The answer depends on whether the switch is a Layer 2 or a Layer 3 switch. That is to say, is the switch only switching and relaying traffic on to a different device for routing, or, is it doing the routing decisions itself via SVIs (switched virtual interfaces).
On a layer 3 switch, the port can be found by using a few simple commands on the device. ...
The cable pictured is a standard: IEC320-C15. The difference is in the temperature rating of the cable. These are rated to 120C, while the "ordinary" ones (IEC320-C13) are 70C.
I believe the increased load for PoE switches requires the higher temperature rating.
Firstly, you need to get the MAC address, so get into a machine on the same VLAN and look at its neighbour table - Windows is netsh int ipv4 show neigh, Linux: ip nei Cisco: show ip arp x.x.x.x. Once you have that...
If this is a discovery job on a layer 2 switch, do show mac address-table | i 0011.2233.4455 - replacing the mac address bytes as appropriate.
In theory, you'll want to migrate the clients to transparent before you remove the server from the equation. This makes absolute certain that things will continue to function without any gotchas.
In practice, it doesn't matter. A server will just stop sending summary advertisements to the VTP domain and the clients will continue using the last seen ...
LACP gives you a significant advantage in that it verifies connectivity in both directions over each link. You can think of it as also combining the features of UDLD with link aggregation. For example, imagine you have the links configured in "mode on". Now lets say one of the links from the 3750 to the 2960 fails but in only one direction, say the ...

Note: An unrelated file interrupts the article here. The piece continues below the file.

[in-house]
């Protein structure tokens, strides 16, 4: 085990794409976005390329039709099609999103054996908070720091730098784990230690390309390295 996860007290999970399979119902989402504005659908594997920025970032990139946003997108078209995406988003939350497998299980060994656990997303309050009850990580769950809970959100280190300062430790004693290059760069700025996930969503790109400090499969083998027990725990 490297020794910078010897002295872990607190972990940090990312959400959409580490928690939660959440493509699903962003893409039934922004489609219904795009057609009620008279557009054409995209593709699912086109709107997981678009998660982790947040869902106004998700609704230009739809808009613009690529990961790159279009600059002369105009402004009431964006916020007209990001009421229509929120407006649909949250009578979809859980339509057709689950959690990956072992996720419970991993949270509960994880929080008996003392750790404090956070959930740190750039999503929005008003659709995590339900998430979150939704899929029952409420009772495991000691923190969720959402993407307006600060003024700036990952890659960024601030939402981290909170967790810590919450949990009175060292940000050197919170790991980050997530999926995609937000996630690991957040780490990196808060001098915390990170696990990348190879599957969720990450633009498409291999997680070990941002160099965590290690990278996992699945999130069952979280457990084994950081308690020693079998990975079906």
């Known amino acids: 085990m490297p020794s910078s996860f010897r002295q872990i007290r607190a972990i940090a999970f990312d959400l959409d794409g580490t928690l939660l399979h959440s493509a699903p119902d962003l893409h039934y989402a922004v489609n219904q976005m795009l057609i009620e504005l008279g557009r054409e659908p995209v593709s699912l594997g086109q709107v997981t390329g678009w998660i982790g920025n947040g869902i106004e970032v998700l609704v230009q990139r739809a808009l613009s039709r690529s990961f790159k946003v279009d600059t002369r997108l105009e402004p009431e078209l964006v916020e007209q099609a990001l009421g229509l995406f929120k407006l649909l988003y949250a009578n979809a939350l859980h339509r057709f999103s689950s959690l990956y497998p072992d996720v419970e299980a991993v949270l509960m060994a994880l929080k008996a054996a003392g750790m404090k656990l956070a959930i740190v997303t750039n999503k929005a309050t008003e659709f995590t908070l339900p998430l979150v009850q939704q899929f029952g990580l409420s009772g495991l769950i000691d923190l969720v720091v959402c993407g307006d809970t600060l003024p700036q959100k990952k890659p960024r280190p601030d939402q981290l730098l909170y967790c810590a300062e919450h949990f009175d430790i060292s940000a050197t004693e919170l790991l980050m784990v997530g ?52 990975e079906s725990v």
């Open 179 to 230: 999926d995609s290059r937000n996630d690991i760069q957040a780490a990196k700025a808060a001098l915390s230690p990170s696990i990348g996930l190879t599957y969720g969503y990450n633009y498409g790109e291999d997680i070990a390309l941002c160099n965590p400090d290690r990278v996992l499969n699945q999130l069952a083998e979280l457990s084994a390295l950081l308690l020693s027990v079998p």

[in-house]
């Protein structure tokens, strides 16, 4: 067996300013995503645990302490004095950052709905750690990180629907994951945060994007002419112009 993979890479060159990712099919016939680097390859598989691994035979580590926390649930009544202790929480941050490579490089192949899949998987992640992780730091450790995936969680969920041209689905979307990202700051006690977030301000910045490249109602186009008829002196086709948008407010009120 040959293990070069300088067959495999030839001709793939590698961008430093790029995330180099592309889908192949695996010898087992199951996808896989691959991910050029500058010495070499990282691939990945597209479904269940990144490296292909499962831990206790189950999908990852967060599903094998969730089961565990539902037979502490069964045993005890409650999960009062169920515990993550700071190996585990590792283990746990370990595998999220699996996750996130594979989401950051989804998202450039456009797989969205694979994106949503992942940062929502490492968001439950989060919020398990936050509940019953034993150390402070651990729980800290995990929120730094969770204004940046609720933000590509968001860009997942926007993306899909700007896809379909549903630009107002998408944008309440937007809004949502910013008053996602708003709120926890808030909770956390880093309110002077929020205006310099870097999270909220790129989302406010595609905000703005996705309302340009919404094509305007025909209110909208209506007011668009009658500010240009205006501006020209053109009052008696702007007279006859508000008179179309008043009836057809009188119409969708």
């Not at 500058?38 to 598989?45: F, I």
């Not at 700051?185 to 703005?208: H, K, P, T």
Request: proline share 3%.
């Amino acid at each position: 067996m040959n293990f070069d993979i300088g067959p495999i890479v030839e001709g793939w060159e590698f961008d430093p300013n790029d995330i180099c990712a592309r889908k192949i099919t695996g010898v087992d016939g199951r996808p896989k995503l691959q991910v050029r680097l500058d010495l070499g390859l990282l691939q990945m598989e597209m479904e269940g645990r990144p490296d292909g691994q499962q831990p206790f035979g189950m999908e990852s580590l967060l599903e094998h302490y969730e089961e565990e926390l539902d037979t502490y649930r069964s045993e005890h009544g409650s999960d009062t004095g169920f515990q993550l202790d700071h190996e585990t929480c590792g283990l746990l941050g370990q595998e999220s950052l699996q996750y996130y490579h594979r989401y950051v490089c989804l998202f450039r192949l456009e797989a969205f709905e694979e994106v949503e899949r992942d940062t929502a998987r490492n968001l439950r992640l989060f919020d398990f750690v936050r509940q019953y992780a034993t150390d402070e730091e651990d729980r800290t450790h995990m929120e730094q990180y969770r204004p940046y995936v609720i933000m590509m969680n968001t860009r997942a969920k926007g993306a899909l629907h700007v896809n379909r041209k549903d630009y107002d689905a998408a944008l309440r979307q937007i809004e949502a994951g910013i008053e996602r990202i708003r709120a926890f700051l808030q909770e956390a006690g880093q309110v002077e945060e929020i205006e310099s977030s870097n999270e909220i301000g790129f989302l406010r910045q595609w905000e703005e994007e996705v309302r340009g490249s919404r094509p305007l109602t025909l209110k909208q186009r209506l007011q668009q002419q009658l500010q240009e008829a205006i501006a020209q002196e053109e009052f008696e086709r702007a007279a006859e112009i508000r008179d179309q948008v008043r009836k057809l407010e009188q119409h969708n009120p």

Regardless of whether your switch is performing frame forwarding (layer 2) or packet routing (layer 3), the following should work if the switch has a management IP address in the same subnet as the host you want to find:
At the switch, ping the IP address you want to find. If the address is on the same subnet as the switch's management address, an ARP ...
A back-to-back SPAN session would seem to work. I can't say that is what was used in your environment but I just labbed it up and it worked with no problems. I was able to capture packets on the laptop that were from the gi0/7 interface on the 2960G. A poor mans RSPAN.
Test layout and configurations below. No special configuration on the switchports at all, ...
First, you should probably not use VLAN 1 - it's generally not recommended, or if used, used for network device management traffic only. But, to answer your question, yes, you'd be using inter-vlan routing on the Cisco switch. See config below:
! enable layer-3 routing
! declare vlans
name my vlan 1
name my vlan 21
Your SSH client is saying "we can't agree on the cipher: server wants X but I'm configured not to speak X". This is a completely general SSH problem, not specifically related to this model of switch, which is that the SSH clients are regularly changed, usually to disallow older, weaker, ciphers. This isn't about key length, it's about cipher algorithms.
This happens when something downstream of the switch doesn't understand CDP and mishandles the traffic. So, something is connecting 2/0/5 to 4/0/6; chase the wiring and you'll find it. (someone has a dumb switch, or dumb VM leaking traffic)